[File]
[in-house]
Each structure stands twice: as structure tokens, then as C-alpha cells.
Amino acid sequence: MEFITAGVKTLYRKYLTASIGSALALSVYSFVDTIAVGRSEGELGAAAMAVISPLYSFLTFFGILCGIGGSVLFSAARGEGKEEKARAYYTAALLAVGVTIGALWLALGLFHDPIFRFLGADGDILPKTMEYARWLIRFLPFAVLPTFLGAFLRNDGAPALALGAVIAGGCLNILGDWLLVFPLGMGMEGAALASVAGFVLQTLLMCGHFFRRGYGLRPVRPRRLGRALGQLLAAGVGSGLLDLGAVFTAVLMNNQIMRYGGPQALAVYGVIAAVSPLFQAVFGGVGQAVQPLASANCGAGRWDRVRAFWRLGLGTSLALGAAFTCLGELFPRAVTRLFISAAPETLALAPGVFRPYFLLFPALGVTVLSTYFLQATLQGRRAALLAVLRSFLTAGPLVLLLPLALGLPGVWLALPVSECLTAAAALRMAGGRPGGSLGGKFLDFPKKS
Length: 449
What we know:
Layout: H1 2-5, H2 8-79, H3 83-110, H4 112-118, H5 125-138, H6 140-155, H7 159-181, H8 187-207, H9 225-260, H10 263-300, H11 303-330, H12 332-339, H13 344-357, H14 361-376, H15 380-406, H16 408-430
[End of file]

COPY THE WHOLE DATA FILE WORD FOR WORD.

[in-house]
Each structure stands twice: as structure tokens, then as C-alpha cells.
Amino acid sequence: MEFITAGVKTLYRKYLTASIGSALALSVYSFVDTIAVGRSEGELGAAAMAVISPLYSFLTFFGILCGIGGSVLFSAARGEGKEEKARAYYTAALLAVGVTIGALWLALGLFHDPIFRFLGADGDILPKTMEYARWLIRFLPFAVLPTFLGAFLRNDGAPALALGAVIAGGCLNILGDWLLVFPLGMGMEGAALASVAGFVLQTLLMCGHFFRRGYGLRPVRPRRLGRALGQLLAAGVGSGLLDLGAVFTAVLMNNQIMRYGGPQALAVYGVIAAVSPLFQAVFGGVGQAVQPLASANCGAGRWDRVRAFWRLGLGTSLALGAAFTCLGELFPRAVTRLFISAAPETLALAPGVFRPYFLLFPALGVTVLSTYFLQATLQGRRAALLAVLRSFLTAGPLVLLLPLALGLPGVWLALPVSECLTAAAALRMAGGRPGGSLGGKFLDFPKKS
Length: 449
What we know:
Layout: H1 2-5, H2 8-79, H3 83-110, H4 112-118, H5 125-138, H6 140-155, H7 159-181, H8 187-207, H9 225-260, H10 263-300, H11 303-330, H12 332-339, H13 344-357, H14 361-376, H15 380-406, H16 408-430